A few months ago I purchased a Quad R16k 700mhz Silicon Graphics Origin 350
, while a nice boost up from my Silicon Graphics Origin 300's, especially for the integrated gigabit, I often found myself wanting a desktop that was of similar power. Unfortunately, the Silicon Graphics Fuel
I received about a year ago only supported up to 900mhz R16k MIPS CPU, which for single-threaded tasks would be faster than my Origin 300 or Origin 350, but most of my IRIX tasks these days are multi-threaded.
So my quest for finding the ultimate MIPS-based Silicon Graphics desktop machine, the Silicon Graphics Tezro
began. The Tezro supports up to 4 1ghz R16k cpus, 8gb of ram and has 7 PCI-X slots. The side effect, these machines are still used today and thereby very expensive even in the second hand market. Fortunately for me though there was a Dual 700mhz R16k for next to nothing a few weeks back that I guess no one else saw.
One neat element of the last generation of Silicon Graphics MIPS-based servers/desktops is that they are all based on the Origin 3000 architecture. Meaning that a lot of the components are shared between the Origin 300, Origin 350, Fuel, Tezro and Onyx 350. For instance the same DDR memory is shared between all of them, handy for me since the Tezro I got only had 4gb of ram. In addition the Origin 350, Tezro and Onyx 350 share the same node board (IP53), making swaps between the different systems pretty much drag and drop.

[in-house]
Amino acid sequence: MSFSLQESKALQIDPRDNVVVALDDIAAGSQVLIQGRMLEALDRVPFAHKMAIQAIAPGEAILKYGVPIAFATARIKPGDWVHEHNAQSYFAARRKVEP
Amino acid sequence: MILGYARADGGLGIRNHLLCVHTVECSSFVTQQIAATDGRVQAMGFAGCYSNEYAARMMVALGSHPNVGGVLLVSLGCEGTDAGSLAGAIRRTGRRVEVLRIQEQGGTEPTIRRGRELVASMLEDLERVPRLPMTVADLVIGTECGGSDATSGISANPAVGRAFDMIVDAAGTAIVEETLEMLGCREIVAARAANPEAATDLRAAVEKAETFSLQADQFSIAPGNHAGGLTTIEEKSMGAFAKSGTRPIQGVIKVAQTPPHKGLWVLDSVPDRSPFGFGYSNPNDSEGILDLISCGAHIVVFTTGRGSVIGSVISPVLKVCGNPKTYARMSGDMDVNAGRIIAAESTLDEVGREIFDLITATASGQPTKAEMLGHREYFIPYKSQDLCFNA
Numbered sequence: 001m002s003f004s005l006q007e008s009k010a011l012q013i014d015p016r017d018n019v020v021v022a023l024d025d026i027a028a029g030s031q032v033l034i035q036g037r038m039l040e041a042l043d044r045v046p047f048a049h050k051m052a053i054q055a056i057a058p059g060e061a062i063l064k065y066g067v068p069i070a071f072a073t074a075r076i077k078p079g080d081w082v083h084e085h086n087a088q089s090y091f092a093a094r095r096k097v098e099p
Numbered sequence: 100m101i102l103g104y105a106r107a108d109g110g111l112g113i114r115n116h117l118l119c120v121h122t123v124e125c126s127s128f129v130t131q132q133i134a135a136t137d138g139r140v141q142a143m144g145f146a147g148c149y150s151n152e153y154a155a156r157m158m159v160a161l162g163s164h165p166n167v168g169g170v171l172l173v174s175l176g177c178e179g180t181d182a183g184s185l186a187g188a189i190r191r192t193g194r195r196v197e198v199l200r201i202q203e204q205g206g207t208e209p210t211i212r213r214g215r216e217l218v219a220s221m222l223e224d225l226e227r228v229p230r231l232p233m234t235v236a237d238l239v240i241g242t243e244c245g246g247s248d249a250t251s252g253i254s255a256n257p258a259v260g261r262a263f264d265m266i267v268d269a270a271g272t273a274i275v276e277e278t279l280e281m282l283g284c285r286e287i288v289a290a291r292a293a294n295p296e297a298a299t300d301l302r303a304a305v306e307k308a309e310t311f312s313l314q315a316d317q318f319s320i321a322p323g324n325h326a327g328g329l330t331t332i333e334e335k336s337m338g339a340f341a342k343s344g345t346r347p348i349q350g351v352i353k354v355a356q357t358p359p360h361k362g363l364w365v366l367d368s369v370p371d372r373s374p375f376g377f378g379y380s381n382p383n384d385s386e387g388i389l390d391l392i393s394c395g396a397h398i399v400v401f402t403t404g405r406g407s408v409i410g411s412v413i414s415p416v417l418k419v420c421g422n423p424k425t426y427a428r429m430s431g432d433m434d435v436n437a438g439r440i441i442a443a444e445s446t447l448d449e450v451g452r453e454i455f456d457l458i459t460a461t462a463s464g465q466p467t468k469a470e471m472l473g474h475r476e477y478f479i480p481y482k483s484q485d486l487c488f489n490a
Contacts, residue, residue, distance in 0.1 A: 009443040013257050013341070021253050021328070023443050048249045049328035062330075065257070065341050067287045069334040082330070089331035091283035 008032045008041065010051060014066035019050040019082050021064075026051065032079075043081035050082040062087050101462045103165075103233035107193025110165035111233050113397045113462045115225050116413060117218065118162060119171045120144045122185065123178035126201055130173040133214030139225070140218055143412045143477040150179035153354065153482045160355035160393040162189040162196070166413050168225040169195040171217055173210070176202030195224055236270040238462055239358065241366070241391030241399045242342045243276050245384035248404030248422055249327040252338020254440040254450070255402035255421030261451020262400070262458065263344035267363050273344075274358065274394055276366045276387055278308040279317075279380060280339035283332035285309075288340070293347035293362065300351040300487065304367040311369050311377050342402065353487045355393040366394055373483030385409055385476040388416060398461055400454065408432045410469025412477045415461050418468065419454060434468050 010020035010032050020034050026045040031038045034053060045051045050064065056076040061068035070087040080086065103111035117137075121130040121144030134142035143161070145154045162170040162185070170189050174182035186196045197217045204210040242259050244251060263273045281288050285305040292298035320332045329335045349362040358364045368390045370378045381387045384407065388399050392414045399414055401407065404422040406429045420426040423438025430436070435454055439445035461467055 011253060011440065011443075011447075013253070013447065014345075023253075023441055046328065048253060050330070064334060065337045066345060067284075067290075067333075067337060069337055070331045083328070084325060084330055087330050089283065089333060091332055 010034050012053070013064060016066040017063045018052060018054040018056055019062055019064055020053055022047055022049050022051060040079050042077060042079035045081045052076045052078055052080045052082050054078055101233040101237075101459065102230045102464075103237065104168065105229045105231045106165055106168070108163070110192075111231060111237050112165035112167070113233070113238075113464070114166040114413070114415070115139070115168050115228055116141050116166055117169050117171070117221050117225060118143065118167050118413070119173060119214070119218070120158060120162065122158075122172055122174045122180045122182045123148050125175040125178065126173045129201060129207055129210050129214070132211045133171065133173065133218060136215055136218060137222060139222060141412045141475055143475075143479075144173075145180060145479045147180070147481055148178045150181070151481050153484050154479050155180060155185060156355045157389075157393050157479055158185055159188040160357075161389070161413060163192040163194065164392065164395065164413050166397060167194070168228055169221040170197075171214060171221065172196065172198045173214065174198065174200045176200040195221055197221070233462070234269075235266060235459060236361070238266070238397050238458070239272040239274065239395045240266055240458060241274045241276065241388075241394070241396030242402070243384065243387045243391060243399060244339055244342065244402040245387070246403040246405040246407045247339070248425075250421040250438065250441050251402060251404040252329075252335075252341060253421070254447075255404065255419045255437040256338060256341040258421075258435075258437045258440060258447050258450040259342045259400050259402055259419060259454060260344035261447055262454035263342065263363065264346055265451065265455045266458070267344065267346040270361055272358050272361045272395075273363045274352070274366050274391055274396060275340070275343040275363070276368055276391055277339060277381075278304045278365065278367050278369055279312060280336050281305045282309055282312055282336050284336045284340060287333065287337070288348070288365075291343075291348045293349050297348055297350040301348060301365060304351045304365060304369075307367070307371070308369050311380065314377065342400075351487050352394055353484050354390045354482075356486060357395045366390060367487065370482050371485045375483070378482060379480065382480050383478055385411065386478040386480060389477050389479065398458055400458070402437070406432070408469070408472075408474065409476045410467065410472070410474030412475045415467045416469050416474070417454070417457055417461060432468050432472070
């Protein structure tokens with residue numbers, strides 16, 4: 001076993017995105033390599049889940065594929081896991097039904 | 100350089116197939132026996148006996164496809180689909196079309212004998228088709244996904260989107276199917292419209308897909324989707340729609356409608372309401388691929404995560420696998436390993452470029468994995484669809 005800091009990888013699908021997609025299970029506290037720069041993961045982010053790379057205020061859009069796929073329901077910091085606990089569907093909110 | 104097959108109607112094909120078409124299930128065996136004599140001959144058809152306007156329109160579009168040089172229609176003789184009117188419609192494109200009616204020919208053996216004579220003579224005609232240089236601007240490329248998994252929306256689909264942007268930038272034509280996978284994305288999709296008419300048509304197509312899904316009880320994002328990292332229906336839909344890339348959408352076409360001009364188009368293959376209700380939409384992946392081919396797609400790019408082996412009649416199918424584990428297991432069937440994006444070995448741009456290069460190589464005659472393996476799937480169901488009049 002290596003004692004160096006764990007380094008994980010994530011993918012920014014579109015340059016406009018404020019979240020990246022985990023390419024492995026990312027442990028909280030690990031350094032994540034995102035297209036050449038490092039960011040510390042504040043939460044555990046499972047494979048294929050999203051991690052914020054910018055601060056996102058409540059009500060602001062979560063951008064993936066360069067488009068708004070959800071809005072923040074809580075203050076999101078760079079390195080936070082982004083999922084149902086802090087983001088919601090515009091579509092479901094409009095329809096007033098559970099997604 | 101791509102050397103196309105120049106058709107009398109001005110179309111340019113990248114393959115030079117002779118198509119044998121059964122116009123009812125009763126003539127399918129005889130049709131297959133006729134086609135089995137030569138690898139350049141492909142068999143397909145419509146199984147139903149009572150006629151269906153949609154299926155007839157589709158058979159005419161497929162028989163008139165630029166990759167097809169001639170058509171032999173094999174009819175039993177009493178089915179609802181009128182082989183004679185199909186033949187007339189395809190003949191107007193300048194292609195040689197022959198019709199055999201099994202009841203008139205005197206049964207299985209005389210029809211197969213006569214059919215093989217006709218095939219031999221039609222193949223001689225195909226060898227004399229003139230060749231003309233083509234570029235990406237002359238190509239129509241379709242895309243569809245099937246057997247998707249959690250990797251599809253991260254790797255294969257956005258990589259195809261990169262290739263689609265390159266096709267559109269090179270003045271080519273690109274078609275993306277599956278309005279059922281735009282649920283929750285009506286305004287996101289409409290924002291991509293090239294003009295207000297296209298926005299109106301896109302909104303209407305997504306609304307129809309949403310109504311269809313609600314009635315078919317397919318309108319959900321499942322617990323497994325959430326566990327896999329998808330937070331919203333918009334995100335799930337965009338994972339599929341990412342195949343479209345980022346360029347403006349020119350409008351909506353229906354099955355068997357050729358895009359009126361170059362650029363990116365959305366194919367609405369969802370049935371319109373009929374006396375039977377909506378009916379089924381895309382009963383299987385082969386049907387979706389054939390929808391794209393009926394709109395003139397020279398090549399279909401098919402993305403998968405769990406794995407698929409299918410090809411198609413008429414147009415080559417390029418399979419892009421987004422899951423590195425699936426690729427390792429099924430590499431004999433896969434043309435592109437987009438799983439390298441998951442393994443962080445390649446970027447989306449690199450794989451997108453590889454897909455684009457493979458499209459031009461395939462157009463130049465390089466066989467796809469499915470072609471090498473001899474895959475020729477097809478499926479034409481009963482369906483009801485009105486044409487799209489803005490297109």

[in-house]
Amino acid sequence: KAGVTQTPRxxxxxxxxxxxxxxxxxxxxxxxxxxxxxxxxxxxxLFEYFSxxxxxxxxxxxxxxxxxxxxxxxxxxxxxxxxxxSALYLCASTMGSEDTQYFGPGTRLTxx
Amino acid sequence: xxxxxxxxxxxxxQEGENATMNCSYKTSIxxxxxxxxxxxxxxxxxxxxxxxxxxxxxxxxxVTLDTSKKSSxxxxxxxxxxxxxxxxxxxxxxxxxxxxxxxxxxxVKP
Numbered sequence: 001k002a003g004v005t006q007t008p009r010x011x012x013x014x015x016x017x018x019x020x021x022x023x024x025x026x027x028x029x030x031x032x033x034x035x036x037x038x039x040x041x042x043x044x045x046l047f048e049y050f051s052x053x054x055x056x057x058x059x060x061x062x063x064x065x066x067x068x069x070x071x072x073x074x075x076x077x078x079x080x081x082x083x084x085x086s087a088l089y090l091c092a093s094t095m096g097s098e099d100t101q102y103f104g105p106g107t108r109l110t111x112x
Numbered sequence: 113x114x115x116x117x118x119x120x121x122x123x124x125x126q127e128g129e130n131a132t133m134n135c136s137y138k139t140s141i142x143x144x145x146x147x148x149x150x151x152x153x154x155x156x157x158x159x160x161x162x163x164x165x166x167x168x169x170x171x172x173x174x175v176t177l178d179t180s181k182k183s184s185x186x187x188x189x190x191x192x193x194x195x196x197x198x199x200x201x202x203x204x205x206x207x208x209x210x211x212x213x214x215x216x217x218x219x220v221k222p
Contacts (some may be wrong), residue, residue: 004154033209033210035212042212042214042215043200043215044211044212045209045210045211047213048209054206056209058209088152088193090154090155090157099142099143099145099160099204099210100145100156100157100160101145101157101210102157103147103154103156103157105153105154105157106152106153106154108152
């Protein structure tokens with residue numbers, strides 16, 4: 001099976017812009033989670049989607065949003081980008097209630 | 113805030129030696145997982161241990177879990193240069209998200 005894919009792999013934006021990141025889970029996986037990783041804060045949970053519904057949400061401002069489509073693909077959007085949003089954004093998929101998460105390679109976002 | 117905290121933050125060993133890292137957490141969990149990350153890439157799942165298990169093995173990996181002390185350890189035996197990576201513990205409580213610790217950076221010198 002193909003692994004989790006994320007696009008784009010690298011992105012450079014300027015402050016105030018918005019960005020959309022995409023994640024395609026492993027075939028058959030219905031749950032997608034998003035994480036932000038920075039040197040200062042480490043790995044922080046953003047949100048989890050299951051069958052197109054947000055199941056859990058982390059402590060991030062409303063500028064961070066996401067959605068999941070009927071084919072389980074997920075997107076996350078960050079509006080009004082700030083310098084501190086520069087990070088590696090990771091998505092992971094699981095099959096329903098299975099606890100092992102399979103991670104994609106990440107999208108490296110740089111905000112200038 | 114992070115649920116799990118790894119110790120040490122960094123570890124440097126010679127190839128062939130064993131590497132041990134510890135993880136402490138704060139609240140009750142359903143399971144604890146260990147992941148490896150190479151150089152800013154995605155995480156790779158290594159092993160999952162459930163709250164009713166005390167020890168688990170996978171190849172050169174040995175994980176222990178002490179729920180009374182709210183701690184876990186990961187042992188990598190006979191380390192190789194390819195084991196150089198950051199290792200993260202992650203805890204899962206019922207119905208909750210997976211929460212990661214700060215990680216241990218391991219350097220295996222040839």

This lead me to pursue swapping my infrequently used Quad 700mhz Origin 350 nodeboard for the one in my newly acquired Tezro. Thankfully the steps were pretty easy and intuitive as noted by the pictures below.
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Silicon Graphics Origin 350 (Inside)[/caption]
Thankfully, the node board is only held in by 2 different sized Torx screws, make sure to have drill bits or a Torx screw driver set handy before you do this swap.
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Silicon Graphics Origin 350 Chasis without Nodeboard (IP53)[/caption]
Luckily, the Tezro nodeboard as you might expect, has the same Torx screws, so it's just a matter of removing the same set of screws, although the Tezro's screws are shorter.
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Silicon Graphics Tezro Nodeboard (IP53) Removed[/caption]
After removing the Tezro Nodeboard, I found the connector's to be interesting. For as much data that goes between the nodeboard, the V12 and the PCI-X slots, I expected there to be more pins.
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Silicon Graphics Tezro Nodeboard Connector[/caption]
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Silicon Graphics Tezro Nodeboard in place[/caption]
After putting the Origin 350 nodeboard into the Tezro, all that was left was to see if IRIX would see the new nodeboard with 0 issues, sure enough:
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IRIX System Manager showing the Quad 700mhz IP53 Nodeboard properly[/caption]